Ulstein reminded readers of newspaper Dagsavisen, for example, that it was the wealthy Ukrainian businesswoman and later president, Julia Timosjenko, who first wanted Ukraine to join both the EU and NATO in the early 2000. She narrowly lost the 2010 election, though, to Putin supporter Viktor Janukovitsj, who’d won support from none other than the US lobbyist Paul Manafort, who in turn became one of Donald Trump’s most important supporters. Manafort got into trouble over allegations of Russian interference in the 2016 US presidential election that Trump narrowly won over Hillary Clinton. Trump later allegedly and famously threatened to withhold US foreign aid to Ukraine unless authorities there turned over allegedly damaging information tied to business conducted by his opponent Joe Biden’s son.
It was the current Ukrainian President Volodymyr Zelenskii, Ulstein noted, who stood up to Trump in that case, and now Putin has invaded Ukraine to topple Zelenskii and his government. Trump, meanwhile, was recently quoted as making flattering remarks about Putin’s maneuvering.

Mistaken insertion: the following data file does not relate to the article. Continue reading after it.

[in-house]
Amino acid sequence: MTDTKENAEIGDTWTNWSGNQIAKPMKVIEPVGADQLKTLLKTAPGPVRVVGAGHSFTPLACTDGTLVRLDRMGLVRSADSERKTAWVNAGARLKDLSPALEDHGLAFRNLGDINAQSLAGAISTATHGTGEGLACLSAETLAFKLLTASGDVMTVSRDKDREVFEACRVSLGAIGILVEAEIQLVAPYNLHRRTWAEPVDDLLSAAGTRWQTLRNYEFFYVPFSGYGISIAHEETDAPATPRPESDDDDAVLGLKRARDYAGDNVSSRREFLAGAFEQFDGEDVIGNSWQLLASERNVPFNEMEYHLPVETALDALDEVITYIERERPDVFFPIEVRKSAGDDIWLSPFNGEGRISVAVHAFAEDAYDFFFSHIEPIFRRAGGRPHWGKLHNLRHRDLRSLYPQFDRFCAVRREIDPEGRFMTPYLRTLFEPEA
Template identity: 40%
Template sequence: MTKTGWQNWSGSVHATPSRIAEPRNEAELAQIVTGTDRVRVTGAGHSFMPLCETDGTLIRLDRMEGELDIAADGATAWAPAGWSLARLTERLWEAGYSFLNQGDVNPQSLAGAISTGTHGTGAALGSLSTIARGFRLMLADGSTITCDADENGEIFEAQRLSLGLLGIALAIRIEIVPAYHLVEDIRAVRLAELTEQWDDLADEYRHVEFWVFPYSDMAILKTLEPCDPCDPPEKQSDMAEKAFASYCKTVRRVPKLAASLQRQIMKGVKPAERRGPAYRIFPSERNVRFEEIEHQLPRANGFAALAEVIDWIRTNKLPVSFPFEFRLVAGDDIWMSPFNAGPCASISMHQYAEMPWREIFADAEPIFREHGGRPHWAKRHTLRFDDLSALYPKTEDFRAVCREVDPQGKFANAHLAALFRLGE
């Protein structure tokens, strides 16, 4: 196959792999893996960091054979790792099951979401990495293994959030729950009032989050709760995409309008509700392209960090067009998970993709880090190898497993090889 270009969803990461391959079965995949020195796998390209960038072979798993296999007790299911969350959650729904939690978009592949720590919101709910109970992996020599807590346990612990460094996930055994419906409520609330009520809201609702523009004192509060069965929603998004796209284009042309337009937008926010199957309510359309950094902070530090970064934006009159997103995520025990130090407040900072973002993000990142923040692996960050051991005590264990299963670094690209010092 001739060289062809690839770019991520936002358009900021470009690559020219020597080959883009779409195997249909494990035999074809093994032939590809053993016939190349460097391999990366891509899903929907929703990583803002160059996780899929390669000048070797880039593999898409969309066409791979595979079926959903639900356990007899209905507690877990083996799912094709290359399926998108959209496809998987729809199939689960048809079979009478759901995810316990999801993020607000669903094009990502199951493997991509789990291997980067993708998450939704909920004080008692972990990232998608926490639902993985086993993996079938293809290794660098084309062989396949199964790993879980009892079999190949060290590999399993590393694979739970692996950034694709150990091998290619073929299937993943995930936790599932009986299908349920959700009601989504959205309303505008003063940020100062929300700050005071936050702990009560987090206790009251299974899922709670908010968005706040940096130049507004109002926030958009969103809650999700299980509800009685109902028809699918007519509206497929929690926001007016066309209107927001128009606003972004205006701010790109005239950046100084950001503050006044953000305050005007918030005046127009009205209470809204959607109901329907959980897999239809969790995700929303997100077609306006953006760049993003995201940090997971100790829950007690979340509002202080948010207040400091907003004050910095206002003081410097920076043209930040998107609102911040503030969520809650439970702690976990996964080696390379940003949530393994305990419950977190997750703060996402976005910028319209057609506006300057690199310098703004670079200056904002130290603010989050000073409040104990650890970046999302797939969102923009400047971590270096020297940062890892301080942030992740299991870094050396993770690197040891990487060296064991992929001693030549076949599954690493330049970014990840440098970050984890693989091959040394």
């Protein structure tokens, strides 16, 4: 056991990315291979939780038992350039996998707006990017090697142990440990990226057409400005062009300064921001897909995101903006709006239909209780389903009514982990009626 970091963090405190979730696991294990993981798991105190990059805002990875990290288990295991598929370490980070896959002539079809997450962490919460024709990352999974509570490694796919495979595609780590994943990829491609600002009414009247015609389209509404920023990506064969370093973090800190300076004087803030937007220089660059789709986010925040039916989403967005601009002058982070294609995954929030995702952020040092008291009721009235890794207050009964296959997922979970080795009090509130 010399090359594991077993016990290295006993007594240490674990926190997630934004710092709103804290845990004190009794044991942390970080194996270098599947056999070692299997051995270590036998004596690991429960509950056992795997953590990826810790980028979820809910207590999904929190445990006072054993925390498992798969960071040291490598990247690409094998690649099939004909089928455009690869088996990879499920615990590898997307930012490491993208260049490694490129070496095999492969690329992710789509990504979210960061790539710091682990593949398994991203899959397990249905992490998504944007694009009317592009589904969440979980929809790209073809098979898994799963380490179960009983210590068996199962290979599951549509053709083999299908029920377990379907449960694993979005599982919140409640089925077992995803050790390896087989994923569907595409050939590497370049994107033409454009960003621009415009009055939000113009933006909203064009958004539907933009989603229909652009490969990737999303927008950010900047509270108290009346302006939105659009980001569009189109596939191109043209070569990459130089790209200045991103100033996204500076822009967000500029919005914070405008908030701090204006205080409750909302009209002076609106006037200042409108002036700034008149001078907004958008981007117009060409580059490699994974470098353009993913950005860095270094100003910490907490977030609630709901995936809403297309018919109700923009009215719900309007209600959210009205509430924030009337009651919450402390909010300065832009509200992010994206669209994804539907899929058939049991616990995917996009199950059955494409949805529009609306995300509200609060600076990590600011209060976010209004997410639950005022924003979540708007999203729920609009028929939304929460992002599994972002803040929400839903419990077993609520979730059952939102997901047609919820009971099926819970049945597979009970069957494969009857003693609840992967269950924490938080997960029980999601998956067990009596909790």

“The war in Ukraine is a tragedy,” wrote Ulstein, stressing how it’s important to see the bigger picture, too. “What happens in Ukraine doesn’t stay in Ukraine,” she wrote, adding that Putin’s war can have “enormous, global political consequences.” She quoted the EU’s Leyen as saying that Putin’s goal isn’t only the eastern regions of Ukraine, or Ukraine itself, but “the stability in Europe and the entire international peace.”
There’s no question how Putin’s aggression has unleashed strong and immediate reaction within European countries and within the EU. And within Norway, where every single political party represented in Parliament from the Reds on the far left to the Progress Party on the far right didn’t hesitate to condemn Putin’s invasion of Ukraine. “This is a grave and unacceptable violation of the rule of law,” declared Reds leader Bjørnar Moxnes. Progress’ leader Sylvi Listhaug, usually at odds with Moxnes, firmly agreed: “Ukraine has the right to decide its own future. Russia alone will be held accountable for deaths and damage that its attacks will cause. This is terrible … for Ukraine, Europe and the world.”
It may all lead to countries like Sweden and Finland having a greater need to orient themselves towards NATO, Ulstein wrote, while Alstadheim hopes it will orient Norway more towards the EU. A new generation of young Norwegians has also been seeking a voice on the matter, since the last vote against EU membership was back in 1994. With nearly 30 years of peace in Europe now “shattered” by Putin, as Stoltenberg put it, it may well be time to reconsider.